Jennifer here. Welcome to Chicks on the Case, Nekesa! Thank you for sharing the drive and inspiration behind your debut, Dead Dead Girls!
Do you know when you have, maybe accidentally, created a brand with clear interests? It’s when a TV show premieres and seven separate people message you on three different social media websites saying, “Nekesa! This show is set in the 1920s, it’s right up your alley!” This show, a CBC production (yes, I’m Canadian,) called the Frankie Drake Mysteries (2017-2021) is … fine. I’m glad to see the most beautiful woman in the world Chantel Riley portray Trudy Clarke, the brilliant, talented, Black best friend and partner-in-solving-crime of main character Frankie Drake. But it’s also easy to see, that in a show which takes place in Toronto in the 1920s, has one main Black character. One! Sure, Trudy has family, recurring characters of her mother and younger brothers, and every season, there’s the Black Person episode to show that yes, Black people exist, but it’s an overwhelmingly white show, which does not reflect Toronto of that era.
Let’s back up. In my sophomore year of university, I came across Miss Fisher’s Murder Mysteries. I discovered it the same time as most people in America, I assume. I had a VPN and unlimited access to my brother’s Netflix account. When it popped up in my recommended feed, I was hooked. The costumes! The music! And, of course, the slow burn between the Honorable Phryne Fisher and Detective Inspector Jack Robinson! Who could forget the scene in season two where they sing Cole Porter’s “Let’s Misbehave”? Or the scene in season three where Jack asks Phryne to waltz, and she says, “the waltz is a serious dance,” and Jack replies, “I’m a serious man.”
Seriously, folks, DI Jack Robinson has ruined all men for me. All of them. If my mother ever asks me why I’m single again, I’m showing her that scene and not only will she agree, she will stop asking me for grandchildren.
I’ve always loved solving puzzles. That’s all a mystery is, really, solving a puzzle. I’ve watched every procedural I can get my hands on, devoured thrillers and mysteries of all genres. I’ve watched Humphrey Bogart track down a falcon or something. I’ve read and loved The Big Sleep, Rebecca, Gone Girl, and Sharp Objects. I’ve always been looking for and trying to solve mysteries that weren’t there. I’d love to solve a real mystery, and that’s why I gravitated towards writing my own. There’s also something so particular about binging and devouring all of this media, and none of it stars someone who looks like you.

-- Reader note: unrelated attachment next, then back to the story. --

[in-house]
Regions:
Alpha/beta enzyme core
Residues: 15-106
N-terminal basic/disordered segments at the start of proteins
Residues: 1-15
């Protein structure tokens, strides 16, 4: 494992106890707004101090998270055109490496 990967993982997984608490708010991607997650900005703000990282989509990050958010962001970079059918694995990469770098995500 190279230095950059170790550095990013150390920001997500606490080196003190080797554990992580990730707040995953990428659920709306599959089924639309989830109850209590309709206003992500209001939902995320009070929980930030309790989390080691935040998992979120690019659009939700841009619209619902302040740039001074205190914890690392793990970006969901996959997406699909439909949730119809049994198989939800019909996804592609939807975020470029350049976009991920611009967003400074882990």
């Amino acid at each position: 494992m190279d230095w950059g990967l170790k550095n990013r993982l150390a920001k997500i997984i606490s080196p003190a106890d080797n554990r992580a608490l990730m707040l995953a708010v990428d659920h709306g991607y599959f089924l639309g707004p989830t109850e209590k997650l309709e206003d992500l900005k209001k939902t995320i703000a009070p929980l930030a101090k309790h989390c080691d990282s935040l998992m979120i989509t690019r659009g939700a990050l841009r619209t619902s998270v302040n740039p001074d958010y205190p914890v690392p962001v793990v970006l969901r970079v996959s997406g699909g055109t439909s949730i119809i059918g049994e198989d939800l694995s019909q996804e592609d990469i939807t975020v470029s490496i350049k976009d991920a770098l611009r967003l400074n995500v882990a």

I’ve grown up being the side character, the sassy best friend, the token Black girl. I’ve never been the star of the story. And watching Miss Fisher’s Murder Mysteries, the Frankie Drake Mysteries, everything made it clear that if I wanted to see myself as a crime-solving badass, I was going to have to write it myself.
When you really want something, the best way to get it is to do it yourself. That was the exact case here. Spending time with Lou in her world, getting to know her as she stumbled, failed and persevered made it clear that this was the story I wanted to read. This was the character I wanted to know. I wanted a prohibition-era mystery with a brave and bold Black girl. I wanted her to be the hero, the girl on the cover. I wanted to write and read a character I knew I could relate to because we have something in common. Who we are and where we come from are linked.
I loved writing this book. Every moment of it, even though there is grief and darkness in its pages. I loved writing a character I could connect with and other Black girls would be able to connect with. Finding Lou within in these pages has been the greatest honor.
Readers: When have you needed to take things into your own hands?
The start of an exciting new historical mystery series set in 1920s Harlem featuring Louise Lloyd, a young Black woman caught up in a series of murders way too close to home…
Harlem, 1926. Young Black girls like Louise Lloyd are ending up dead.
Following a harrowing kidnapping ordeal when she was in her teens, Louise is doing everything she can to maintain a normal life. She’s succeeding, too. She spends her days working at Maggie’s Café and her nights at the Zodiac, Manhattan’s hottest speakeasy. Louise’s friends might say she’s running from her past and the notoriety that still stalks her, but don’t tell her that.
When a girl turns up dead in front of the café, Louise is forced to confront something she’s been trying to ignore–several local Black girls have been murdered over the past few weeks. After an altercation with a local police officer gets her arrested, Louise is given an ultimatum: She can either help solve the case or let a judge make an example of her.
Louise has no choice but to take the case and soon finds herself toe-to-toe with a murderous mastermind. She’ll have to tackle her own fears and the prejudices of New York City society if she wants to catch a killer and save her own life in the process.
Nekesa (Nuh-kes-ah) Afia (Ah-fee-ah) is a Canadian millennial who is doing her best. When she isn’t writing, she is either sewing, swing dancing, or actively trying to pet every dog she sees. DEAD DEAD GIRLS is her debut novel.
Author website: http://nekesaafia.com/